• Stealing from loved ones
  • Changes in mood or personality

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Effect of Benzodiazepine Abuse

Effects of Benzodiazepine Abuse and Addiction


The long-term abuse of benzodiazepines can result in severe health problems, some of which the drug itself was initially prescribed to treat. Serious side effects of chronic benzodiazepine abuse include:

  • Seizures
  • Respiratory issues
  • Anxiety
  • Anorexia
  • Depression
  • Panic attacks
  • Loss of coordination
  • Insomnia

Since individuals will develop a tolerance to benzodiazepines over time, some will turn to alcohol in combination with benzos, because alcohol is also a depressant and has the same effect on the brain. Alcohol and benzodiazepines together can be an immensely dangerous duo when used together, as their co-consumption can lead to a serious — and potentially fatal — overdose.

Benzodiazepine Detox and Withdrawal


If a person who has been abusing benzodiazepines stops consuming the drug, withdrawal symptoms will occur. This is because benzos have kept the body in a depressed state, and their sudden disappearance will mean the body has to adjust. Symptoms of benzodiazepine withdrawal include:

  • Panic attacks
  • Heart palpitations
  • Hand tremors
  • Headache
  • Hallucinations
  • Vertigo
  • Seizures
  • Muscle spasms

The severity of these symptoms will depend on a variety of factors, such as how long one has been abusing benzodiazepines, how strong their dosage was, and whether or not they were taking other medications with it. The symptoms typically start within the first week after stopping benzodiazepines and can continue for several weeks or months afterwards.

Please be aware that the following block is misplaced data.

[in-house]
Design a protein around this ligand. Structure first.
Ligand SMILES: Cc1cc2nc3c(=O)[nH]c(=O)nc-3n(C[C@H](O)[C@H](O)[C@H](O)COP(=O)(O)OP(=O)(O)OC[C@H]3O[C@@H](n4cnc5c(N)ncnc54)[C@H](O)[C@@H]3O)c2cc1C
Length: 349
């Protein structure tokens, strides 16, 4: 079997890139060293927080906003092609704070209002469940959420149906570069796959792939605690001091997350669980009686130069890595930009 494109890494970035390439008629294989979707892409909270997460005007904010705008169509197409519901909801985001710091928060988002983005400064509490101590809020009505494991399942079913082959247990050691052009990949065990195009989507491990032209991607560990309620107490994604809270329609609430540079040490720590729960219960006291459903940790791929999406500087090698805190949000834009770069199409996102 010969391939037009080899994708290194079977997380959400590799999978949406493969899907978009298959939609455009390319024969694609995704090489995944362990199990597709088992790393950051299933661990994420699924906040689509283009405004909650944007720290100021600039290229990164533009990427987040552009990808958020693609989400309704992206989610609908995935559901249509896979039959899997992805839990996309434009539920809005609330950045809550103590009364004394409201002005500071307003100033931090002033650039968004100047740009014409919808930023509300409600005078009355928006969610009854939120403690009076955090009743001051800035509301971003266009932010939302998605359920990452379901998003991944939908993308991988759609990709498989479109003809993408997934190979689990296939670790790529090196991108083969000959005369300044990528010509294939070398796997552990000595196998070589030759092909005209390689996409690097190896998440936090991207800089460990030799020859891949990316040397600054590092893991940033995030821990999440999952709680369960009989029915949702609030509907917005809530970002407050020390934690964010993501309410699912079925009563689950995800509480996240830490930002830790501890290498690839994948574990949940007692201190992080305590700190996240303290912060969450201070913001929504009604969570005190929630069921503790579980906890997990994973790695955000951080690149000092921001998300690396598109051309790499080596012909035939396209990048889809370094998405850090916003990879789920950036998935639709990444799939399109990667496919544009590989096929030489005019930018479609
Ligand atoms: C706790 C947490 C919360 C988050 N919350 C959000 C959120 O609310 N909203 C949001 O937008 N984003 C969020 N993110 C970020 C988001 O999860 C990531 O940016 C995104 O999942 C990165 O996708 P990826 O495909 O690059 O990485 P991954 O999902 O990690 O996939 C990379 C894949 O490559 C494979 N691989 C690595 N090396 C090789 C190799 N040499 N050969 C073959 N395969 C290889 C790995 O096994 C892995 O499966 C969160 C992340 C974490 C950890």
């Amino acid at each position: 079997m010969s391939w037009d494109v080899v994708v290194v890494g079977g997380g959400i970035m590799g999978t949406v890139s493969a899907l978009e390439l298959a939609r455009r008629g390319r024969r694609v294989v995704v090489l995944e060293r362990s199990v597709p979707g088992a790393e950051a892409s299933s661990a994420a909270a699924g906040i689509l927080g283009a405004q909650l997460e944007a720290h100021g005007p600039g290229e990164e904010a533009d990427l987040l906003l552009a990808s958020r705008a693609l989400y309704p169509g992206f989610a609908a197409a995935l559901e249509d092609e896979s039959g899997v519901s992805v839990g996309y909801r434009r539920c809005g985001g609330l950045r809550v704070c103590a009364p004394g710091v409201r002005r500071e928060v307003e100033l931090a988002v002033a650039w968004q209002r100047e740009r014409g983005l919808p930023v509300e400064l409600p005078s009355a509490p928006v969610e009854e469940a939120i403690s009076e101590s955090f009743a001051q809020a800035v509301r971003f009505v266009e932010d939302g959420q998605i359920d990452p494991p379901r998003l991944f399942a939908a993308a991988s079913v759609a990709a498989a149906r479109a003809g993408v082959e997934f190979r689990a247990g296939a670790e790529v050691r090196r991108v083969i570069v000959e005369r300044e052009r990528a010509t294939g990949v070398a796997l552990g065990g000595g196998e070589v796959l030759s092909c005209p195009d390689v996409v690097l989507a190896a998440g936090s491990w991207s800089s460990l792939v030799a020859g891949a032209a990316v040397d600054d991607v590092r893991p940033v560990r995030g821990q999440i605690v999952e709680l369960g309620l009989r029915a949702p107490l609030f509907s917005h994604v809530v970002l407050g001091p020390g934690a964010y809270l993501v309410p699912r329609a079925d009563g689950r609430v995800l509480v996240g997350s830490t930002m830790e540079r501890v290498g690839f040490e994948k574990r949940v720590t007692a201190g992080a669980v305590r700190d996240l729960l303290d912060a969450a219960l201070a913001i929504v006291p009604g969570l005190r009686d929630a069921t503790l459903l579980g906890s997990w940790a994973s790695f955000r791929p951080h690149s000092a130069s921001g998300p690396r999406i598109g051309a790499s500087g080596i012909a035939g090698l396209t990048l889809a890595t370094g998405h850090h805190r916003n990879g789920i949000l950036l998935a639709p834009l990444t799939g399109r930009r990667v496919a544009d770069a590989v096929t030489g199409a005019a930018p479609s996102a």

Withdrawal can be uncomfortable at best, but deadly at worst, so it’s critical to seek guidance and support from experienced medical professionals when attempting to stop using benzodiazepines. Doing so alone is a major risk, but a team of addiction recovery specialists can help provide the tools and therapies to help you make it through withdrawal safely.

Reclaim The Life You Deserve

Take the First Step Towards Recovery Today

Benzodiazepine Addiction Rehab
in Milwaukee, WI


Benzo addiction can be tough to admit to yourself and to recognize in others, and it’s easy to feel isolated or that there’s no way out. At Roots Recovery, we’re here to tell you that you’re not alone in this, and that recovery is possible.

While we understand that treating the physical symptoms of benzodiazepine addiction is often a necessary first step — we know that substance abuse recovery is a process that also requires you to heal mentally, emotionally, and spiritually. That’s why when you come to us for help, we’ll help you uncover the root causes of your addiction, explore any co-occurring mental health disorders, such as anxiety or depression, and make sure that you have the tools you need to prevent relapse and live a healthy, fulfilling life in recovery.

If you or a loved one are struggling with benzodiazepine abuse, reach out to our addiction rehab center in Milwaukee by calling 844-447-6687 today.